A coalition of Silicon Valley tech giants has doubled down on its criticism of encryption backdoors following a proposal that would give law enforcement access to locked and encrypted devices.
The group, which focuses on efforts to reform government surveillance, said in a statement that it continues to advocate for strong encryption, and decried attempts to undermine the technology.
"Recent reports have described new proposals to engineer vulnerabilities into devices and services -- but they appear to suffer from the same technical and design concerns that security researchers have identified for years," the statement read.
The renewed criticism follows a lengthy Wired article, in which former Microsoft software chief Ray Ozzie proposed a new spin on key escrow. Device encryption has hampered police investigations, and law enforcement officials have pushed tech companies to fix the problem -- even by way of suing them.
But security experts and cryptographers say that any kind of backdoor can't be done without it risking being abused or exploited by hackers -- and criticized Ozzie's plan as flawed.
"Weakening the security and privacy that encryption helps provide is not the answer," said the group's statement.
The tech coalition includes Microsoft -- Ozzie's former employer -- as well as Apple, Facebook, and Google, and Verizon and Yahoo's parent company Oath -- all of which were hit by allegations of complicity with the government's surveillance efforts.
The statement comes a week after the group announced the importance of strong encryption as a new core principle behind its mission, calling on governments to "avoid any action that would require companies to create any security vulnerabilities in their products and services."
The group was formed in 2014 after a slew of classified documents leaked by former National Security Agency contractor turned whistleblower Edward Snowden pointed to collaboration and cooperation from tech giants and telecom companies in domestic and international surveillance.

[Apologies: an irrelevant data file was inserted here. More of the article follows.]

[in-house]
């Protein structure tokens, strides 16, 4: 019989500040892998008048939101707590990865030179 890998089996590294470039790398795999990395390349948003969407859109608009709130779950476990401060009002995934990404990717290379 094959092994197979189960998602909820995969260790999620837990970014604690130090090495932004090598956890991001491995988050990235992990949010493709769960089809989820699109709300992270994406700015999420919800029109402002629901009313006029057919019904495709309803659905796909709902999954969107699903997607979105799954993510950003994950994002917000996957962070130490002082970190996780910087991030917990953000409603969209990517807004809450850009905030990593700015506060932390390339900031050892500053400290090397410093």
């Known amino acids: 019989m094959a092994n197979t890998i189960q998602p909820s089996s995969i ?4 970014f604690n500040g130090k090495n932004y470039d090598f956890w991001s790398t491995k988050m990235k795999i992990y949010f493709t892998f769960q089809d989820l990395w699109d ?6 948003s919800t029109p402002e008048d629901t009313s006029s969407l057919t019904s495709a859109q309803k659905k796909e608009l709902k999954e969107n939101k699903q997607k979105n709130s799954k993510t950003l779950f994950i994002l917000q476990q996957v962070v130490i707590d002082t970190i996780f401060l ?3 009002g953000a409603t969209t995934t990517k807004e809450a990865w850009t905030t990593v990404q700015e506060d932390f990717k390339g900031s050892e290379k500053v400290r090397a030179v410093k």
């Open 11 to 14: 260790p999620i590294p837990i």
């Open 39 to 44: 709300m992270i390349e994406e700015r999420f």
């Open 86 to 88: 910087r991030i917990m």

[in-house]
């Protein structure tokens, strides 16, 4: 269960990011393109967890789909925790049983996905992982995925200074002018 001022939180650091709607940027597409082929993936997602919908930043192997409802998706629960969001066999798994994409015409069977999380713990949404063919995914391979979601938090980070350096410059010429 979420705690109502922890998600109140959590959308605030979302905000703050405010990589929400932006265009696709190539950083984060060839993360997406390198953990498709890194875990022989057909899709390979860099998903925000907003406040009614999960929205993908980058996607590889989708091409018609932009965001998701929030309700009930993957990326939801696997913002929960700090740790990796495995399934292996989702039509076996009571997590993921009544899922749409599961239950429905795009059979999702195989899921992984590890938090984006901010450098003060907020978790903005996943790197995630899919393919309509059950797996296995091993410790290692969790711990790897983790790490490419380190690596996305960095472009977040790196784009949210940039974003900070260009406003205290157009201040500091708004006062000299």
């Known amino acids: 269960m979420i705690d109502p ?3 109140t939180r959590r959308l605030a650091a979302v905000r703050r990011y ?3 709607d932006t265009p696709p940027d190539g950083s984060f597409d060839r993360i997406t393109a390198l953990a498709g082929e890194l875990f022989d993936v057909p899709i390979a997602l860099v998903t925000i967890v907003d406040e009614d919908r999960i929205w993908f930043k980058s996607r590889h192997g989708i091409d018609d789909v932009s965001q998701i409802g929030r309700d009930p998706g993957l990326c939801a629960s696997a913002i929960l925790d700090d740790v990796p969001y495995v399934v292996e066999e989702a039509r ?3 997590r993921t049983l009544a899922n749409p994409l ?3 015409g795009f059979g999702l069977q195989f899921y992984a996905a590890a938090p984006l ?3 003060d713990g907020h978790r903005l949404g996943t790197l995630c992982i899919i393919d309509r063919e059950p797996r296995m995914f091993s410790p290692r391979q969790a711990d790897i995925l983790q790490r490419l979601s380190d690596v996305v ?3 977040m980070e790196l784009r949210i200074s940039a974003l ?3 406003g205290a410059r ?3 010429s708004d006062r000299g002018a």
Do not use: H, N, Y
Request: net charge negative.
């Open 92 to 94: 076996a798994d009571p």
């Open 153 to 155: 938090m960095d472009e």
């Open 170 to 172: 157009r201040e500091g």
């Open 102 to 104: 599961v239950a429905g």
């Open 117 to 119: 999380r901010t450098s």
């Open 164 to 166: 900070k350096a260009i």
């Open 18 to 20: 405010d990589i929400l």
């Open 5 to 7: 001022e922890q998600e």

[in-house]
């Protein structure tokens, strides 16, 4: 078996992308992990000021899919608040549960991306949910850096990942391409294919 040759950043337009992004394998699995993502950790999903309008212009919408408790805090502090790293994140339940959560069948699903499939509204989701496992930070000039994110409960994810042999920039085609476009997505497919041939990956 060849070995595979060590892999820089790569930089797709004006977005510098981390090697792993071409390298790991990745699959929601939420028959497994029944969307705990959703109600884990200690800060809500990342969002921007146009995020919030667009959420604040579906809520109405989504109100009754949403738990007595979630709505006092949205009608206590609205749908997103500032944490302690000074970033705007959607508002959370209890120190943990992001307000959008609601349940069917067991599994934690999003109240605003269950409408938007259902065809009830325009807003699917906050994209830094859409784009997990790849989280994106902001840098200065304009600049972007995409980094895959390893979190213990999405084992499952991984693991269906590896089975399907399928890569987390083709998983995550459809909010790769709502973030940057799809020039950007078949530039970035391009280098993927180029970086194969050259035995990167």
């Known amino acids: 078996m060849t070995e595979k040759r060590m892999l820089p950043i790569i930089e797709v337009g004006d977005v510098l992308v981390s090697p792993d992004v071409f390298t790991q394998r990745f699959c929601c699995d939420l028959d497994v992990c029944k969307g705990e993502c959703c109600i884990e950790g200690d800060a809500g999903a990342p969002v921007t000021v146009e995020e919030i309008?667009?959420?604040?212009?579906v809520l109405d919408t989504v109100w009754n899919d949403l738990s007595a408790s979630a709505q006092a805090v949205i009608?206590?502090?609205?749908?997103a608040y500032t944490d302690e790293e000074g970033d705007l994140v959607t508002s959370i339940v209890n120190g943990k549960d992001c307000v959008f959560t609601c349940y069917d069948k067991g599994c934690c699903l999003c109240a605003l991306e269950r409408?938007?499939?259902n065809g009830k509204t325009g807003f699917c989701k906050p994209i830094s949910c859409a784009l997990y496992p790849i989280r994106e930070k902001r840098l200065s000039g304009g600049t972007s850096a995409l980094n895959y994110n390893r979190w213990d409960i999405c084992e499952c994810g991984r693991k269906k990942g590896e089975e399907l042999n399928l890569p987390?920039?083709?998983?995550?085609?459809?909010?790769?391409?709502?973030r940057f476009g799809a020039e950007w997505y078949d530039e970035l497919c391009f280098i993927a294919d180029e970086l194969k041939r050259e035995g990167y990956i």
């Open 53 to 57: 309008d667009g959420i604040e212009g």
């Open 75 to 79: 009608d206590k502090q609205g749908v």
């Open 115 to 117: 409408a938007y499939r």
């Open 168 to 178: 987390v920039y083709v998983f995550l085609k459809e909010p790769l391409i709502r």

But the companies denied the claims, and said any data collection was done either under a secret court order or without their knowledge.
Since the Snowden revelations, the law has scarcely changed. Congress passed the Freedom Act in 2015 which rolled back portions of the NSA's phone metadata collection program. But the more privacy-invasive programs remained unscathed when the Foreign Intelligence Surveillance Act (FISA) was renewed and extended with almost none of the proposed reforms.
FISA's so-called section 702 collection allows the NSA to gather intelligence on foreigners overseas by collecting data from chokepoints where fiber optic cables owned by telecom giants enter the US. But the collection has long incidentally swept up large amounts of data on countless Americans, whose privacy is constitutionally protected from warrantless surveillance.
Event though section 702 explicitly prohibits the targeting of Americans, the intelligence community can then search those messages without a warrant.
A month earlier, ZDNet revealed through leaked documents a previously disclosed clandestine NSA collection program, known as Ragtime, was far wider than first thought -- and included the targeting of Americans.